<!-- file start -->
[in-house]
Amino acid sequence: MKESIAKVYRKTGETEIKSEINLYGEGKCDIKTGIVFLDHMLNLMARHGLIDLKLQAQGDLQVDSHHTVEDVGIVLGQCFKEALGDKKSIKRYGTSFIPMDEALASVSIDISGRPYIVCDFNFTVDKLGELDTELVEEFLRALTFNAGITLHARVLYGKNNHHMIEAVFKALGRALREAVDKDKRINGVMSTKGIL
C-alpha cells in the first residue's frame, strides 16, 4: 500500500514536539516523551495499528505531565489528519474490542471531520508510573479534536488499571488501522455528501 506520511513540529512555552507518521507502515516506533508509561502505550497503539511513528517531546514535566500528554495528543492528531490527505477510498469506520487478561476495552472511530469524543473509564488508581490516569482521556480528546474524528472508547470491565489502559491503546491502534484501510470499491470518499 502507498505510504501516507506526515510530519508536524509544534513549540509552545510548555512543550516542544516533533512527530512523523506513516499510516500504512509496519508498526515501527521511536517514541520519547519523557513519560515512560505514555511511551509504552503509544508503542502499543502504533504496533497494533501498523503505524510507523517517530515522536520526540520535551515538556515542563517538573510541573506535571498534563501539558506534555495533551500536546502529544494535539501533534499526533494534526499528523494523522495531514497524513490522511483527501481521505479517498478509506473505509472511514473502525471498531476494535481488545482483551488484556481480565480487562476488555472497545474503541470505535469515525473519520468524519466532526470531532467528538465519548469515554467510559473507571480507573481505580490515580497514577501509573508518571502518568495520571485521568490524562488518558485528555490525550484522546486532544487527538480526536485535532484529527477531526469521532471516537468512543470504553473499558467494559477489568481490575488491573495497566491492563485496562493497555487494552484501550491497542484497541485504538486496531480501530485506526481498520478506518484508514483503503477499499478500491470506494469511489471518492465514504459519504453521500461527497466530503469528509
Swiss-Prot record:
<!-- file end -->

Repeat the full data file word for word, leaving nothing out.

[in-house]
Amino acid sequence: MKESIAKVYRKTGETEIKSEINLYGEGKCDIKTGIVFLDHMLNLMARHGLIDLKLQAQGDLQVDSHHTVEDVGIVLGQCFKEALGDKKSIKRYGTSFIPMDEALASVSIDISGRPYIVCDFNFTVDKLGELDTELVEEFLRALTFNAGITLHARVLYGKNNHHMIEAVFKALGRALREAVDKDKRINGVMSTKGIL
C-alpha cells in the first residue's frame, strides 16, 4: 500500500514536539516523551495499528505531565489528519474490542471531520508510573479534536488499571488501522455528501 506520511513540529512555552507518521507502515516506533508509561502505550497503539511513528517531546514535566500528554495528543492528531490527505477510498469506520487478561476495552472511530469524543473509564488508581490516569482521556480528546474524528472508547470491565489502559491503546491502534484501510470499491470518499 502507498505510504501516507506526515510530519508536524509544534513549540509552545510548555512543550516542544516533533512527530512523523506513516499510516500504512509496519508498526515501527521511536517514541520519547519523557513519560515512560505514555511511551509504552503509544508503542502499543502504533504496533497494533501498523503505524510507523517517530515522536520526540520535551515538556515542563517538573510541573506535571498534563501539558506534555495533551500536546502529544494535539501533534499526533494534526499528523494523522495531514497524513490522511483527501481521505479517498478509506473505509472511514473502525471498531476494535481488545482483551488484556481480565480487562476488555472497545474503541470505535469515525473519520468524519466532526470531532467528538465519548469515554467510559473507571480507573481505580490515580497514577501509573508518571502518568495520571485521568490524562488518558485528555490525550484522546486532544487527538480526536485535532484529527477531526469521532471516537468512543470504553473499558467494559477489568481490575488491573495497566491492563485496562493497555487494552484501550491497542484497541485504538486496531480501530485506526481498520478506518484508514483503503477499499478500491470506494469511489471518492465514504459519504453521500461527497466530503469528509
Swiss-Prot record: